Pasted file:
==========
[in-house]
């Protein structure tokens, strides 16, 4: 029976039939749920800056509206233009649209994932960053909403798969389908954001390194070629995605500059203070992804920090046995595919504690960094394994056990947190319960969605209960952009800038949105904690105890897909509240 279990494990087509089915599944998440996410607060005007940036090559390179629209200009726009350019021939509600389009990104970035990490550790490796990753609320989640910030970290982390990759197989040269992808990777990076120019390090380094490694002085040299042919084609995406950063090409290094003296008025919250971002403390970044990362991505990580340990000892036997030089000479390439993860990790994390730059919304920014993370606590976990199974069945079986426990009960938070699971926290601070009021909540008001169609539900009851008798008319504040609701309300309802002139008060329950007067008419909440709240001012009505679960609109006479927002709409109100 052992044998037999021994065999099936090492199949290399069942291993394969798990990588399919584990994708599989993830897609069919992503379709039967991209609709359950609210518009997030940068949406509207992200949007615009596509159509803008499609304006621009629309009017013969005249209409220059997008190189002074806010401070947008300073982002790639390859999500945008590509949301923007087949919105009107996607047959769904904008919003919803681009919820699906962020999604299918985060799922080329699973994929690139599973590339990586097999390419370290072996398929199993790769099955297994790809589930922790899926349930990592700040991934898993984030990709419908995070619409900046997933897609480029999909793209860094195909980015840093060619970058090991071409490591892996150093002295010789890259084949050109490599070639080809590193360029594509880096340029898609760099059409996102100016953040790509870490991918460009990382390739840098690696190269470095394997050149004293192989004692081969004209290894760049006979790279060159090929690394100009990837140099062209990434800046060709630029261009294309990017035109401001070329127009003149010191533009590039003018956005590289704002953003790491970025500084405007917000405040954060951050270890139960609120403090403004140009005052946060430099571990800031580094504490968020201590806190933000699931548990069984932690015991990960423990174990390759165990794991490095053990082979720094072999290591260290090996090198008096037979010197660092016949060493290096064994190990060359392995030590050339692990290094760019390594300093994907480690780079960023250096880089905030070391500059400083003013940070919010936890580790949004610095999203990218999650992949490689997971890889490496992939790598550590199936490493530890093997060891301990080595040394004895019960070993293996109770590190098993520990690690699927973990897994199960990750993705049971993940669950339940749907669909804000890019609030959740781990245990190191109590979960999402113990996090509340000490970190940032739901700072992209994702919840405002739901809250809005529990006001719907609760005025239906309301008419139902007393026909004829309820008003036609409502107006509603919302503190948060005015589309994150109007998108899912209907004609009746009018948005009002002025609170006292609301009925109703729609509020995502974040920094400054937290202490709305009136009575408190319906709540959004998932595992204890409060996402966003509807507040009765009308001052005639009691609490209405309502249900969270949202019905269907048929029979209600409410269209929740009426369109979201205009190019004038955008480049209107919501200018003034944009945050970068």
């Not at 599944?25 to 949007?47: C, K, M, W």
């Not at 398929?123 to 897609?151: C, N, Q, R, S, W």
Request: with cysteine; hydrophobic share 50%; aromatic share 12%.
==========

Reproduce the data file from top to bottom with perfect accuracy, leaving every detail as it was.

[in-house]
């Protein structure tokens, strides 16, 4: 029976039939749920800056509206233009649209994932960053909403798969389908954001390194070629995605500059203070992804920090046995595919504690960094394994056990947190319960969605209960952009800038949105904690105890897909509240 279990494990087509089915599944998440996410607060005007940036090559390179629209200009726009350019021939509600389009990104970035990490550790490796990753609320989640910030970290982390990759197989040269992808990777990076120019390090380094490694002085040299042919084609995406950063090409290094003296008025919250971002403390970044990362991505990580340990000892036997030089000479390439993860990790994390730059919304920014993370606590976990199974069945079986426990009960938070699971926290601070009021909540008001169609539900009851008798008319504040609701309300309802002139008060329950007067008419909440709240001012009505679960609109006479927002709409109100 052992044998037999021994065999099936090492199949290399069942291993394969798990990588399919584990994708599989993830897609069919992503379709039967991209609709359950609210518009997030940068949406509207992200949007615009596509159509803008499609304006621009629309009017013969005249209409220059997008190189002074806010401070947008300073982002790639390859999500945008590509949301923007087949919105009107996607047959769904904008919003919803681009919820699906962020999604299918985060799922080329699973994929690139599973590339990586097999390419370290072996398929199993790769099955297994790809589930922790899926349930990592700040991934898993984030990709419908995070619409900046997933897609480029999909793209860094195909980015840093060619970058090991071409490591892996150093002295010789890259084949050109490599070639080809590193360029594509880096340029898609760099059409996102100016953040790509870490991918460009990382390739840098690696190269470095394997050149004293192989004692081969004209290894760049006979790279060159090929690394100009990837140099062209990434800046060709630029261009294309990017035109401001070329127009003149010191533009590039003018956005590289704002953003790491970025500084405007917000405040954060951050270890139960609120403090403004140009005052946060430099571990800031580094504490968020201590806190933000699931548990069984932690015991990960423990174990390759165990794991490095053990082979720094072999290591260290090996090198008096037979010197660092016949060493290096064994190990060359392995030590050339692990290094760019390594300093994907480690780079960023250096880089905030070391500059400083003013940070919010936890580790949004610095999203990218999650992949490689997971890889490496992939790598550590199936490493530890093997060891301990080595040394004895019960070993293996109770590190098993520990690690699927973990897994199960990750993705049971993940669950339940749907669909804000890019609030959740781990245990190191109590979960999402113990996090509340000490970190940032739901700072992209994702919840405002739901809250809005529990006001719907609760005025239906309301008419139902007393026909004829309820008003036609409502107006509603919302503190948060005015589309994150109007998108899912209907004609009746009018948005009002002025609170006292609301009925109703729609509020995502974040920094400054937290202490709305009136009575408190319906709540959004998932595992204890409060996402966003509807507040009765009308001052005639009691609490209405309502249900969270949202019905269907048929029979209600409410269209929740009426369109979201205009190019004038955008480049209107919501200018003034944009945050970068």
């Not at 599944?25 to 949007?47: C, K, M, W």
């Not at 398929?123 to 897609?151: C, N, Q, R, S, W």
Request: with cysteine; hydrophobic share 50%; aromatic share 12%.